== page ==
People aren't computers; keep this in mind when developing software. When developers confuse people and computers, bad things happen.
MSDN Magazine February 2010
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I know I might be in the wrong section, so feel free to move my post.
Though I used TFS (for .net) and Hudson (for Java and PHP) I never set up and administered a continuous integration server.
Knowing all the benifits of such, and having some long term plans, I'd like to get my hands dirty and set up an CI environment on a spare box at home (with Win Server 2008).
However I'm unsure which direction to go. I can get any MS software (bizspark) so TFS seems like an obvious way to go. But have had recommendations of using SVN and other tools I cant even remember the names.
Pretty much want source control (checking code in and out), automated builds and tests to run with builds (with notification emails).
Any advice, pointers and such?
I was about to get myself a TFS book, but figured I'd ask around first a bit.
Multi-touch has progressed from being a futuristic prop of sci-fi films to a mainstream means of user interface. We'll show you how support for multi-touch in Windows 7 has filtered down and settled into various areas of the .NET Framework.
MSDN Magazine August 2010
It's a fact that men and women don't think alike-remember this when designing software for the half of users that aren't like you.
Standards for Windows Presentation Foundation and Microsoft Silverlight aren't the enemy; in fact, they should be your starting point.
MSDN Magazine July 2010
It's time to standardize the UI for Windows Presentation Foundation.
MSDN Magazine June 2010
Programmers will never develop great software until they learn that it's not about themselves.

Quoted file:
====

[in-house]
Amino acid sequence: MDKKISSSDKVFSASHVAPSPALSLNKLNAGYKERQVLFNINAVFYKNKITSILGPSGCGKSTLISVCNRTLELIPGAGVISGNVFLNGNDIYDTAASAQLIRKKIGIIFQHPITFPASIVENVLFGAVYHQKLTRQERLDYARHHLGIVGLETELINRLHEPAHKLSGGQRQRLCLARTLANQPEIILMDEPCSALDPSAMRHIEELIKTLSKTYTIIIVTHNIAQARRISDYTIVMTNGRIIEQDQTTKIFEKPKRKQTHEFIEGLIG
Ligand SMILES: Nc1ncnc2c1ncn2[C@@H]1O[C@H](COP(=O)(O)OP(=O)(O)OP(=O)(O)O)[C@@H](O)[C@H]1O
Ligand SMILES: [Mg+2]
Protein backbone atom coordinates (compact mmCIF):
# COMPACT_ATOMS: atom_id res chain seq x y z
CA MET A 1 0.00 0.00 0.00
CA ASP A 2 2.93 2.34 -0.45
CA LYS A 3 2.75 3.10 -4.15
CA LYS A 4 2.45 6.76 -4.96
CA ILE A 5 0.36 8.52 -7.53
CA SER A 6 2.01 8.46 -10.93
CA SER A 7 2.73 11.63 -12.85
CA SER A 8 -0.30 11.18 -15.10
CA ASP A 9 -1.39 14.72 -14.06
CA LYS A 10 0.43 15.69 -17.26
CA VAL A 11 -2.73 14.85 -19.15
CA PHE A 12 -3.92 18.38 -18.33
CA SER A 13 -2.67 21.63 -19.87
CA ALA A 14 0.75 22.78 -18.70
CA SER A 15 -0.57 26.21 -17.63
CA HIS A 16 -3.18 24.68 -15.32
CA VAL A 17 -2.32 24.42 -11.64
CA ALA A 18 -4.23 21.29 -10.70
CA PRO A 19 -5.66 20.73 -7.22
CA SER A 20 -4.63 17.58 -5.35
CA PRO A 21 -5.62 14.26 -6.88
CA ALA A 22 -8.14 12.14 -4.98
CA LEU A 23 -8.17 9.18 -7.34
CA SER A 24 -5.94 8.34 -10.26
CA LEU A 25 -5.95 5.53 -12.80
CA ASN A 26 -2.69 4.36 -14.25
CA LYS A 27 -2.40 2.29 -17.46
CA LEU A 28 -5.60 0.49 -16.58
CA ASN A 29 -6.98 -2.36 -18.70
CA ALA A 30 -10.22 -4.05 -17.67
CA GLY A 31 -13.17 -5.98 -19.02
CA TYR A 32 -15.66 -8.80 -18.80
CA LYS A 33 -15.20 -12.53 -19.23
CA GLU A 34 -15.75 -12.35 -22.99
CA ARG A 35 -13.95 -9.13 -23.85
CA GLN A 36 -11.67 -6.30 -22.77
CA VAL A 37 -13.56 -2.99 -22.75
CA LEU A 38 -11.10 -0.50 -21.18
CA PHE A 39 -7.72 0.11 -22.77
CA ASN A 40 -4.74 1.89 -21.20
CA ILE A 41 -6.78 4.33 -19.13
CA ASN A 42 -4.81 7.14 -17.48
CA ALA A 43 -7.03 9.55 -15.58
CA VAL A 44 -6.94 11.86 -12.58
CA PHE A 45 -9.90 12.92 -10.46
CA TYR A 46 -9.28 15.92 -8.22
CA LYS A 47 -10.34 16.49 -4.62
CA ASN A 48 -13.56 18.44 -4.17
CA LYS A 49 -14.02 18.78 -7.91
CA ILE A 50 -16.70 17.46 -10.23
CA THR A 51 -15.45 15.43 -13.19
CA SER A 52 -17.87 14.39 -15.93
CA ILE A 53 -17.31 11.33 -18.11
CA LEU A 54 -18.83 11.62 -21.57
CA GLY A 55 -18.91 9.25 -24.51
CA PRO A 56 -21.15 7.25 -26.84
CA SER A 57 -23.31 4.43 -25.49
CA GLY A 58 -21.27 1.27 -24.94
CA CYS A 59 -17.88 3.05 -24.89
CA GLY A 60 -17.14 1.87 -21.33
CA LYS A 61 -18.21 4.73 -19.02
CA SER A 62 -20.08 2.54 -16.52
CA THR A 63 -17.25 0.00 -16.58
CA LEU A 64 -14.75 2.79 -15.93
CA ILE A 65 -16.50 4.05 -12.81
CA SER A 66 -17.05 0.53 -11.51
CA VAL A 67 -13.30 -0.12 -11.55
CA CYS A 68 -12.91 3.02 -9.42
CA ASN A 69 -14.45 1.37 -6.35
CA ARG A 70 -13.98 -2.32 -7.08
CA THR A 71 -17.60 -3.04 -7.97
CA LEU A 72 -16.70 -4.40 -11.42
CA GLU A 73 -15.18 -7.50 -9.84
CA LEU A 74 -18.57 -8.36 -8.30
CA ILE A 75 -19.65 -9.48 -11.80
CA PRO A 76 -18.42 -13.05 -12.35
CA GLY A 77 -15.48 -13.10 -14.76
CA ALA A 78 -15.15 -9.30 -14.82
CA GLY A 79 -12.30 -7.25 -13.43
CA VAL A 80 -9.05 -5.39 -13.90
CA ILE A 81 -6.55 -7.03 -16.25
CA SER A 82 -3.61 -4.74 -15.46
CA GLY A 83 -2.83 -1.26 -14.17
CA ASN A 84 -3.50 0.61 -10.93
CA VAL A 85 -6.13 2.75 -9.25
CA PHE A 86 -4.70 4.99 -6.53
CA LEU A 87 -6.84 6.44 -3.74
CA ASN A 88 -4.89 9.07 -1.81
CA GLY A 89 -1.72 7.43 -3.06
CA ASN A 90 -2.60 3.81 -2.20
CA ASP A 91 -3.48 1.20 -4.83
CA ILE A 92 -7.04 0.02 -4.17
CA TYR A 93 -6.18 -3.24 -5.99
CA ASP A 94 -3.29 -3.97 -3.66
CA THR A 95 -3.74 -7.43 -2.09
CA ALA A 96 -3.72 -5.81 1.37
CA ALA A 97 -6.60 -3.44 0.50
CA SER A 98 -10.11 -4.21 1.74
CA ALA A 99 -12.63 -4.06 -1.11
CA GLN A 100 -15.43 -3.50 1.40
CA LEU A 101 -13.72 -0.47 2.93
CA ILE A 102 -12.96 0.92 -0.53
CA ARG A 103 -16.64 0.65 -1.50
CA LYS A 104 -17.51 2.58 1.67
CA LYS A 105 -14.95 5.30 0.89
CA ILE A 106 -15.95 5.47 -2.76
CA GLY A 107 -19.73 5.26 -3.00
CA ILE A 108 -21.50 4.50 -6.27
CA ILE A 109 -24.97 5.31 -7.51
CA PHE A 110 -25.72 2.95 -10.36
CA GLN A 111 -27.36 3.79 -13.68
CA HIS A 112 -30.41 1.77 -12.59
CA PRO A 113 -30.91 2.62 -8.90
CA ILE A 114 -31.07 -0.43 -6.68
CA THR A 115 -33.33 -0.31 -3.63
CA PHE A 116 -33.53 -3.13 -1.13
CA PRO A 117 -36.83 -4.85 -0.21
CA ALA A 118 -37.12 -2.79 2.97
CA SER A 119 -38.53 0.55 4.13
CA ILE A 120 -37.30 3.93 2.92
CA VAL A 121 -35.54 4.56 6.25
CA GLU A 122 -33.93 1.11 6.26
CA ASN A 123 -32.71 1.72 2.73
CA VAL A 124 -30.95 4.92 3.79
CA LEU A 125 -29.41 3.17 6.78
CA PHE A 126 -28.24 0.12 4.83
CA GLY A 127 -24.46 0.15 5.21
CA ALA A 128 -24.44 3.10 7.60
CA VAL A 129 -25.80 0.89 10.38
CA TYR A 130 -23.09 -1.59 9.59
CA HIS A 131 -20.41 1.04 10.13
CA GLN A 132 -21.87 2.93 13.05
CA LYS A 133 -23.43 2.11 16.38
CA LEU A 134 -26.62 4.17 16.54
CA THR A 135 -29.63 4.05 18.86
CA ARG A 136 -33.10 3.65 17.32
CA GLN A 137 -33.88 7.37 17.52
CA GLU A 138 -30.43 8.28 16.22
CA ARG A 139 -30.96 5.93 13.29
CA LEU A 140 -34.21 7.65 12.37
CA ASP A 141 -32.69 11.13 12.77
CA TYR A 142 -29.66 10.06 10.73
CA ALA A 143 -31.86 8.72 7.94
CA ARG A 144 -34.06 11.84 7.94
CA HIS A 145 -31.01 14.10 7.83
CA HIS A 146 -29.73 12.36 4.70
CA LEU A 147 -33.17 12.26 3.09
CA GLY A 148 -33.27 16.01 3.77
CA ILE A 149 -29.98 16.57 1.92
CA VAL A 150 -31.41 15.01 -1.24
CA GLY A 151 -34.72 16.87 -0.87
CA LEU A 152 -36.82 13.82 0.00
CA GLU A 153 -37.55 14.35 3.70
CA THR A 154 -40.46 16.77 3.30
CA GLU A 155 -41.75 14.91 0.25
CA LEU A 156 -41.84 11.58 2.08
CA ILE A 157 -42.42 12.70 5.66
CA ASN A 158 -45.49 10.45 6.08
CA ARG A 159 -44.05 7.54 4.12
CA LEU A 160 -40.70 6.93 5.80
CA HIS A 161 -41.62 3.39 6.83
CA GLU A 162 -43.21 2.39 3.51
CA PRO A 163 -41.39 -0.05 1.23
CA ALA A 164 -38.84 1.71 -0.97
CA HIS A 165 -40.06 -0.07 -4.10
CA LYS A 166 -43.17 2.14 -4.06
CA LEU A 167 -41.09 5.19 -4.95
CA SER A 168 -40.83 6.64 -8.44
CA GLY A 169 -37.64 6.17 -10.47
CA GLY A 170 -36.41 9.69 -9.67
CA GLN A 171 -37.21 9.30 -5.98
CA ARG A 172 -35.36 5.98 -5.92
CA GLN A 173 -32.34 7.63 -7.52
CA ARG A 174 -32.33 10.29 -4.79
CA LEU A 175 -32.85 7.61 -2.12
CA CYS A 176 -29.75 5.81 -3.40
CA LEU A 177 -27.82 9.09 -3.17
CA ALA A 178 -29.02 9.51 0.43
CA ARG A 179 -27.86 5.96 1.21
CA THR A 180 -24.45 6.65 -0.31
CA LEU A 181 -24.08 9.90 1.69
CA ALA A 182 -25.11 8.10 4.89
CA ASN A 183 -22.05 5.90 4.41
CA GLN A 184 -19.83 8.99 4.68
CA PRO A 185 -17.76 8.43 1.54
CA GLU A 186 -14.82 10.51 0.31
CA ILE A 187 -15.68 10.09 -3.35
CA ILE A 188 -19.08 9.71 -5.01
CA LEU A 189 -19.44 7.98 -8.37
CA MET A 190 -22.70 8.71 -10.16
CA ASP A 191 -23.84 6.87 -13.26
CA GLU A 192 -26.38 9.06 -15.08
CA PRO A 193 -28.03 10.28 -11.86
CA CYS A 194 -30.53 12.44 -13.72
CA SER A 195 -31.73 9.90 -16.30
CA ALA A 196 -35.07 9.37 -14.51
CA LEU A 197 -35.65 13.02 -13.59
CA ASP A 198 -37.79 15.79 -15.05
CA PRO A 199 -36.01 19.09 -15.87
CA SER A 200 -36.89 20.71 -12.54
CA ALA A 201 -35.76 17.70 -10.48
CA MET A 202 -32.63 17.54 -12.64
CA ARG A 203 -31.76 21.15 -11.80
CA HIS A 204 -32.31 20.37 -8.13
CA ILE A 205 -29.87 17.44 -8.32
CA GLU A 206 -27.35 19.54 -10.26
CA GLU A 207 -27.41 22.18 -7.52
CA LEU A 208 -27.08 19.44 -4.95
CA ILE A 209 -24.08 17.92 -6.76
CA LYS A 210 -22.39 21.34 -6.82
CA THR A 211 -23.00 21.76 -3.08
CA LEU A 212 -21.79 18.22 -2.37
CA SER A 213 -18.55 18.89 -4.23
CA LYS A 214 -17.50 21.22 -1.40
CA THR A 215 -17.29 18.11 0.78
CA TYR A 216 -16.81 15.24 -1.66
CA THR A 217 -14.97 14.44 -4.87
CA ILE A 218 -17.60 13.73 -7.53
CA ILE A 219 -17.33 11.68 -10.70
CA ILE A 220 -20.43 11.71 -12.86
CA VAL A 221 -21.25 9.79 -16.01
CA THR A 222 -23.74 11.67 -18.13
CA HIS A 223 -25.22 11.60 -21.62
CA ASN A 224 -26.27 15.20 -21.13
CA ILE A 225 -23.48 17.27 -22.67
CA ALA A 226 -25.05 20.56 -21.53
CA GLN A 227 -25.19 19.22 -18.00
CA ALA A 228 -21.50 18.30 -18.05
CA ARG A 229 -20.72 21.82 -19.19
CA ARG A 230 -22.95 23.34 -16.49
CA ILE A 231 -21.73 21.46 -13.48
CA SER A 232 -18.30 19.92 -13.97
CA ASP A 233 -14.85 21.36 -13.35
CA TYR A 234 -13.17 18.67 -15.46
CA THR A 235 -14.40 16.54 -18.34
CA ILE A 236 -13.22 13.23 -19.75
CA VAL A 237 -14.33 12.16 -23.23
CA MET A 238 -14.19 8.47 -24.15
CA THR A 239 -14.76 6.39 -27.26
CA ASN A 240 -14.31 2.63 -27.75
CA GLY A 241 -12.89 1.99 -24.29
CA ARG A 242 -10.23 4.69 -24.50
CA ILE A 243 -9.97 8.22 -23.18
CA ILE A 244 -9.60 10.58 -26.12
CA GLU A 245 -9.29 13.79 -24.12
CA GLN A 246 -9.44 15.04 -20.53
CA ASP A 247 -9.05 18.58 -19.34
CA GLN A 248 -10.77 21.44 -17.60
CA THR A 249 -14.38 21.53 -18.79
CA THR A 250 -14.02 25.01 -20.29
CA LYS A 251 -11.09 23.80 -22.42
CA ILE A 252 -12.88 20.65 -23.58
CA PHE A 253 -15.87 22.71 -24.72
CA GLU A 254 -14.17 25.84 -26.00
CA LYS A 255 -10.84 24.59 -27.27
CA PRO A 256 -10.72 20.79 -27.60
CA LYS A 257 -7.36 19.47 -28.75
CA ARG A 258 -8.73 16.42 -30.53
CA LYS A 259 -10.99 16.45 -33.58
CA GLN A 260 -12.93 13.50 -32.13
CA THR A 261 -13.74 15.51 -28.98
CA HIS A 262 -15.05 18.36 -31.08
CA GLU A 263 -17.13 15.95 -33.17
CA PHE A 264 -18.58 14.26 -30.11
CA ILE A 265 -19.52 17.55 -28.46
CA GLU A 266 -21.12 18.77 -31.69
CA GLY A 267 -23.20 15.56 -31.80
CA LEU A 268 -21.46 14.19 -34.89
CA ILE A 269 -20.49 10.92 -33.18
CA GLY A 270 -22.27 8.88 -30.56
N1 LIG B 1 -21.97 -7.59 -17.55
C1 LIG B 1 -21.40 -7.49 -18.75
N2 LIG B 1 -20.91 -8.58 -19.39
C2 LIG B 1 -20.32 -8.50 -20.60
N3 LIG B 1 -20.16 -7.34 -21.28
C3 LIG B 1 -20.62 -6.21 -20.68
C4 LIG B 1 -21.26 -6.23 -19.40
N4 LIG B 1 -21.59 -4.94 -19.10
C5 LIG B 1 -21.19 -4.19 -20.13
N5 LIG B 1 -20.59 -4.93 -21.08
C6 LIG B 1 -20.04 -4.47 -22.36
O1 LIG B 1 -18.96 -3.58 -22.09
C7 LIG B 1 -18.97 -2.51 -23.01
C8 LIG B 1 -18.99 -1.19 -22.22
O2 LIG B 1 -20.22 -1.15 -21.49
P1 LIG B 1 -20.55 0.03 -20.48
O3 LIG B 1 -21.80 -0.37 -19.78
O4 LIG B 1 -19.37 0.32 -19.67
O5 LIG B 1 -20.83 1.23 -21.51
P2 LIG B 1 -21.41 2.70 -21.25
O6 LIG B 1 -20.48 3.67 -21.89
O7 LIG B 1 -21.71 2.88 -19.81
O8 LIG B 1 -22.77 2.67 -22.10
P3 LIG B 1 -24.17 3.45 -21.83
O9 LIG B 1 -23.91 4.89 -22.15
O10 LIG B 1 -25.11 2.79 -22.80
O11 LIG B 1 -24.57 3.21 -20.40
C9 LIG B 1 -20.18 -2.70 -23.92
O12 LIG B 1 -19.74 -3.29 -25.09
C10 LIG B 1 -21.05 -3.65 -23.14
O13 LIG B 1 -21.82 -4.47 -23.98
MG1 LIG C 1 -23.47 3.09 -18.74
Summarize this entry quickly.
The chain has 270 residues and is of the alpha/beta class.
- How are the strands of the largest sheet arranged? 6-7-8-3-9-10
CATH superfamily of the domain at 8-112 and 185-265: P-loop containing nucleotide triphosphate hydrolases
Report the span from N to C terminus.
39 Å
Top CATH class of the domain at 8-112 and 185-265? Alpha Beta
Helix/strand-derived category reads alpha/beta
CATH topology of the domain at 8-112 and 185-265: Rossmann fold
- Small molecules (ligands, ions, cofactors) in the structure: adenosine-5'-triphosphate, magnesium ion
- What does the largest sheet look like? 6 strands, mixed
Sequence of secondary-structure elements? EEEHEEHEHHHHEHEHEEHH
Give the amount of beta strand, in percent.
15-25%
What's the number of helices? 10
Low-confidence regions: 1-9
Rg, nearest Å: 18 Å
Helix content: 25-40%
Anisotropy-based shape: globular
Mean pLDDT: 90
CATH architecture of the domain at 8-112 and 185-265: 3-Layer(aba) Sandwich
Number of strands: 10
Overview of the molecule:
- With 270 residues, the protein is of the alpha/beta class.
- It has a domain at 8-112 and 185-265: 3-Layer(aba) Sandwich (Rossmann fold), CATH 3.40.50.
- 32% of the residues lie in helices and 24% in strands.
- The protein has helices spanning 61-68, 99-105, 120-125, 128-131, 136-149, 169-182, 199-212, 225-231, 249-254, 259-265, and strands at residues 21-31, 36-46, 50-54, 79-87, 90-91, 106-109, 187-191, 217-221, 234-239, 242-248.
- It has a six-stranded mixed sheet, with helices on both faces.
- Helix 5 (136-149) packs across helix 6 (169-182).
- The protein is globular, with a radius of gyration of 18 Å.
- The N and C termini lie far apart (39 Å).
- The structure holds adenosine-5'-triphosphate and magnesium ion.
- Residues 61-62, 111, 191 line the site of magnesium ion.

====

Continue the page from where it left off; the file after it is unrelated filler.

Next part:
MSDN Magazine May 2010
Making things easier for the end user isn't "dumbing down" -- it's smart design.
MSDN Magazine April 2010
Touch isn't just a form of mouse input in Silverlight: Sometimes what's required are controls specialized and optimized for touch.
MSDN Magazine March 2010
Developers should focus their time and effort on the 99 normal use cases, rather than the one unusual use case that often gets way too much attention.
This article describes how to use the Windows Touch API and related APIs to enhance mobile application. The discussion focuses on general usability, object selection and implementing a natural user interface.
MSDN Magazine December 2009
See how IronRuby lets you employ the straightforward Ruby language to create acceptance tests that interoperate with .NET-compliant code.
MSDN Magazine February 2009
The Security Development Lifecycle (SDL) threat modeling tool helps you develop great threat models as a backbone of your security process. We'll show you how it works.
MSDN Magazine January 2009